Defendant argues that the Court committed prejudicial error in allowing Exhibit 73 into evidence. The Government's Exhibit 73 was a handwritten document for the purchase of real property known located at 1837 Arkansas. This document was discovered by law enforcement officers while executing the May 17, 2006 search warrant of Defendant's residence. At trial, Defendant objected to its admission, arguing that it was not a sufficient document to constitute a legally binding purchase agreement, as it did not have the signature of the seller or a legal description of the property. The document itself was entitled "Purchase Agreement for 1837 Arkansas" and stated:

I, Walter C. Smith, III, do agree to pay the sum of $5,500 to Tony Williams in monthly payments of $400 per month, in two payments per month of $200 every month until paid off. The property is located in Royal Lakes subdivision.

Exhibit 73 was admitted by the Court over Defendant's objection.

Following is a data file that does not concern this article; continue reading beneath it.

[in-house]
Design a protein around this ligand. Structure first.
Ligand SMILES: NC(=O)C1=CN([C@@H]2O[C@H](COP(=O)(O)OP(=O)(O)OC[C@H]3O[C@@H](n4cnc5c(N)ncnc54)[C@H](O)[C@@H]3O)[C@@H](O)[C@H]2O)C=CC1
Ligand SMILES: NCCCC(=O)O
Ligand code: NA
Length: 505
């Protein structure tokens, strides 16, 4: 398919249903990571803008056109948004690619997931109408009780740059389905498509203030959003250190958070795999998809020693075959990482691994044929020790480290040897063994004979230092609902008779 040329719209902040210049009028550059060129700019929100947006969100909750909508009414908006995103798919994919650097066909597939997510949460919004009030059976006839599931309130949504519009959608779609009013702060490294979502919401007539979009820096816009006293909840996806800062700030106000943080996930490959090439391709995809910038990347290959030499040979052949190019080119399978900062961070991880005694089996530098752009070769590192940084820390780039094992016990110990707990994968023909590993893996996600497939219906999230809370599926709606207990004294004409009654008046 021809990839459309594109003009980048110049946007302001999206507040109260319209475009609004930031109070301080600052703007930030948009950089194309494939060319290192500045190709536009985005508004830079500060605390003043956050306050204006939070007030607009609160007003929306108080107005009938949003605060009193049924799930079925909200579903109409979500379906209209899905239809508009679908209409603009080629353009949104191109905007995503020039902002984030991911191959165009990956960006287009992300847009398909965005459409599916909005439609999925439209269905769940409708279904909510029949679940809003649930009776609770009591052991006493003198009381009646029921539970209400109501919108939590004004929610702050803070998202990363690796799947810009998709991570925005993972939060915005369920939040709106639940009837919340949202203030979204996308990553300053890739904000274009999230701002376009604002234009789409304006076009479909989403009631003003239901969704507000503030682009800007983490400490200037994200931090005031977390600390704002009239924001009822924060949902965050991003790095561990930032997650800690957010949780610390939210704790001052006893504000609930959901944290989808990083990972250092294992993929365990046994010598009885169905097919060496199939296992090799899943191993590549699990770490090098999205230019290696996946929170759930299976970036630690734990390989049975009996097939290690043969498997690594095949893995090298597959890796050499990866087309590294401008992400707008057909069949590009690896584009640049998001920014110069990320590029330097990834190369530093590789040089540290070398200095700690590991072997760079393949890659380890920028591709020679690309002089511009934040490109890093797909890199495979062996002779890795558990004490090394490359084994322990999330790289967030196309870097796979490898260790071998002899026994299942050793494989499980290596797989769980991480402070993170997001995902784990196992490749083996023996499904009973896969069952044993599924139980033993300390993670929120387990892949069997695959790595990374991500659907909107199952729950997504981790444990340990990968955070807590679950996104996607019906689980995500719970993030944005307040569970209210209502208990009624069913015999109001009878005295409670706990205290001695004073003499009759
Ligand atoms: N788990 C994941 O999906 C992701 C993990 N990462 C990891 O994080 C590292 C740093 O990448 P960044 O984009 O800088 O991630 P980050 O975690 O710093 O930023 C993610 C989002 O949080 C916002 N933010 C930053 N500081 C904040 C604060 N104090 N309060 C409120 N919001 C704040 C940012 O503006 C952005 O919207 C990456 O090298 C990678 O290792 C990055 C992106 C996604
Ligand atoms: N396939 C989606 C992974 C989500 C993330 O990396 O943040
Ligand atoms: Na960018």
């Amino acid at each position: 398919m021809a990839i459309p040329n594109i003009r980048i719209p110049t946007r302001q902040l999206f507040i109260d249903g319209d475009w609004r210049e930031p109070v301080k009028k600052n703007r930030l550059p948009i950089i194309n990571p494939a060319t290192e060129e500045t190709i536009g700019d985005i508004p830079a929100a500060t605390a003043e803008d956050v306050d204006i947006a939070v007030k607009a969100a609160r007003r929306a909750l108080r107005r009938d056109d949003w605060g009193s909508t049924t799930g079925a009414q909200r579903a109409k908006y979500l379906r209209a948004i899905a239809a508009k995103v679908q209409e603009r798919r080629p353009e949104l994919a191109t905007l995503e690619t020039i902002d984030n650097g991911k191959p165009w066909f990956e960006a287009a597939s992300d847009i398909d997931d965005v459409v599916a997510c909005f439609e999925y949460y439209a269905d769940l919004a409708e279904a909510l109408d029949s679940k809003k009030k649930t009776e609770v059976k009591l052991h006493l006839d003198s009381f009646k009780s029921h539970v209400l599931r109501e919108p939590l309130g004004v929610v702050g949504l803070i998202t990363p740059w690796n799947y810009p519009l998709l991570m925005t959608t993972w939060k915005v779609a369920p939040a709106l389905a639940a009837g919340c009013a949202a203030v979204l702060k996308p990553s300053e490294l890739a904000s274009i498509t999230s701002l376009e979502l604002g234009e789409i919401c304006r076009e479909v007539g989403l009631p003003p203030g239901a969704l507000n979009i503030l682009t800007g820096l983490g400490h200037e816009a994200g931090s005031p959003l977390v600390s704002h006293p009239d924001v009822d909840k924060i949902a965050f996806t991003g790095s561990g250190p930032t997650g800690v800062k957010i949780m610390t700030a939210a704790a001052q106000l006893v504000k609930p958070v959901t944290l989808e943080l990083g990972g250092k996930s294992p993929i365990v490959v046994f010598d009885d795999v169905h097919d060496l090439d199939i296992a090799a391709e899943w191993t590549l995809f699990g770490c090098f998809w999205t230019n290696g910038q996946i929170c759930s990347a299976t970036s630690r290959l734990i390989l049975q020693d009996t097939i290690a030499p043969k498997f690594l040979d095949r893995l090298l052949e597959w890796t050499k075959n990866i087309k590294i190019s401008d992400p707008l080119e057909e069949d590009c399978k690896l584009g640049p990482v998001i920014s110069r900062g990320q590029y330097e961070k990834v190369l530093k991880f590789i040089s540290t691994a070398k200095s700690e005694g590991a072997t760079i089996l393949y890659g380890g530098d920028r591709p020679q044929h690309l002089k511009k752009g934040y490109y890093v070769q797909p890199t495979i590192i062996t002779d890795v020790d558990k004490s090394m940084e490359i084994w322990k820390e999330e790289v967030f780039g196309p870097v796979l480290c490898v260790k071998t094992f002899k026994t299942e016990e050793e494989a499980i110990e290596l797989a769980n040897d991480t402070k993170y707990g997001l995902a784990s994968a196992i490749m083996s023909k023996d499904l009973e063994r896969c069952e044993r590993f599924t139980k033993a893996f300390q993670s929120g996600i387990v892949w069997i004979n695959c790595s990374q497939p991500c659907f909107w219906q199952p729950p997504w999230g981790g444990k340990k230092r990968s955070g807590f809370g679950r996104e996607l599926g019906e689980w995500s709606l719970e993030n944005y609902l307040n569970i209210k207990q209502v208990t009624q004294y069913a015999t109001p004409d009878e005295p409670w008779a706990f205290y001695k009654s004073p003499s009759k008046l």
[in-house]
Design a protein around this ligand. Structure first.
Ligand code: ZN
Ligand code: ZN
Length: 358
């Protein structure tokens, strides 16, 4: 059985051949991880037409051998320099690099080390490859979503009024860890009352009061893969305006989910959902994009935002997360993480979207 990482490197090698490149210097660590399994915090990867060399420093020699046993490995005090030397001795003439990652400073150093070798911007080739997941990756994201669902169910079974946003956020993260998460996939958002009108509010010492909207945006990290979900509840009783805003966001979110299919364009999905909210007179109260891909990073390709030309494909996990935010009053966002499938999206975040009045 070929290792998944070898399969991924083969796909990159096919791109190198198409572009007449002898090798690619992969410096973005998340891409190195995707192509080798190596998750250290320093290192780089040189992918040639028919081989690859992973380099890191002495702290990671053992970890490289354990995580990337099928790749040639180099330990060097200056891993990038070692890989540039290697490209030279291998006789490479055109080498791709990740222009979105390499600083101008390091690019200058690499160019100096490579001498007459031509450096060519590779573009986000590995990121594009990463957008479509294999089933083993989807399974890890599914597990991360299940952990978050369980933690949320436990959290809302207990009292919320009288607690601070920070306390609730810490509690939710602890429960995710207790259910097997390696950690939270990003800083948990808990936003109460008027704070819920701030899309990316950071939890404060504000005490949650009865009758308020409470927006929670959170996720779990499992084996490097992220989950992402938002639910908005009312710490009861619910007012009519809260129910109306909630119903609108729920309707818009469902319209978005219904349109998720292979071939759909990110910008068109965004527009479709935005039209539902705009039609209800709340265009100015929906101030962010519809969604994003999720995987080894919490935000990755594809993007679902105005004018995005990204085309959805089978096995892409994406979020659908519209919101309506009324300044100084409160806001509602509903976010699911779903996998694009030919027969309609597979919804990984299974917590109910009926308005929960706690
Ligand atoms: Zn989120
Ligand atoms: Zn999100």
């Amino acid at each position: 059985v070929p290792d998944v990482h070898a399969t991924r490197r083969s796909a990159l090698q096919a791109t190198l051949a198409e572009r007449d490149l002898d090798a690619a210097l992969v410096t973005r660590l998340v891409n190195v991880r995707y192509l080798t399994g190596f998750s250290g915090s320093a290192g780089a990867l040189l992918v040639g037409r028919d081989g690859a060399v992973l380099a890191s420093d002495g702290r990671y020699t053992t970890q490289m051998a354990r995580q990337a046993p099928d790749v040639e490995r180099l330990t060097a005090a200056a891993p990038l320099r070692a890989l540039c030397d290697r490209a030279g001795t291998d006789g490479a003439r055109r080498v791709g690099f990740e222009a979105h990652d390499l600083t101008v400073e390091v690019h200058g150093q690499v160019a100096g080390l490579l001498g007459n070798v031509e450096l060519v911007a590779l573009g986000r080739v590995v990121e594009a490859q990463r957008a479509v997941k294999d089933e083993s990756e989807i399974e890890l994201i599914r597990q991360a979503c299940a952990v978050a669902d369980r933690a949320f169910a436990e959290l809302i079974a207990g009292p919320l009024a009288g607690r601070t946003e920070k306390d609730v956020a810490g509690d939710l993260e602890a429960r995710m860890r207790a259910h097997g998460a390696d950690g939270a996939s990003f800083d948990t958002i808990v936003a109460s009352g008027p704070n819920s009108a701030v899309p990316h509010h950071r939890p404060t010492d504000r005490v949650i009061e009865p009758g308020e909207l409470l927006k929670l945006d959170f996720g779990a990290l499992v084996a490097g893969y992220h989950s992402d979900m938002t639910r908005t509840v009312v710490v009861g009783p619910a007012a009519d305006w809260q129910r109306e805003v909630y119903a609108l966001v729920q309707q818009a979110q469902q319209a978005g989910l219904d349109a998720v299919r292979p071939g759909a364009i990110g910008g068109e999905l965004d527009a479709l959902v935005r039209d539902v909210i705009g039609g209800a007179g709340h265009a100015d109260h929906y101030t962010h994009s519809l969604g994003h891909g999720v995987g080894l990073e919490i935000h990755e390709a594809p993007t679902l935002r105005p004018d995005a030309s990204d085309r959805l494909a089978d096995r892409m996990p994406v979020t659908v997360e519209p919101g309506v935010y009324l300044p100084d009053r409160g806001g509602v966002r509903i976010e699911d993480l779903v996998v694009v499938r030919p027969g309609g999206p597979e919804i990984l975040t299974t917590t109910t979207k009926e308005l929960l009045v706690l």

Notwithstanding whether the document itself met all the legal requirements to constitute a binding purchase agreement, the Court found that the document served as relevant evidence to contradict the notion Defendant attempted to establish during trial that he was not linked to the property located at 1837 Arkansas. In the instant Motion, Defendant simply regurgitates the argument made during trial regarding his objection to Exhibit 73. Thus, a new trial in this regard is unwarranted.

6. Cell Phones

When law enforcement officers executed a search warrant for 1837 Arkansas, they also searched an automobile parked by a trailer located behind 1837 Arkansas. In this automobile, the officers removed two cell phones. Defendant previously filed two Motions to Suppress regarding the search warrant for 1837 Arkansas (Docs. 19 & 69). The Court denied a hearing on the merits of these motions, finding Defendant failed to make a substantial preliminary showing necessary to obtain a Franks hearing (Doc. 82). Franks v. Delaware, 438 U.S. 154, 155-56 (1978). Moreover, during trial, the Government moved to admit the two cell phones together into evidence as Exhibit 33. When the Court asked Defendant's counsel if he had any objections, he answered "no." Thus, the cell phones were admitted as Exhibit 33.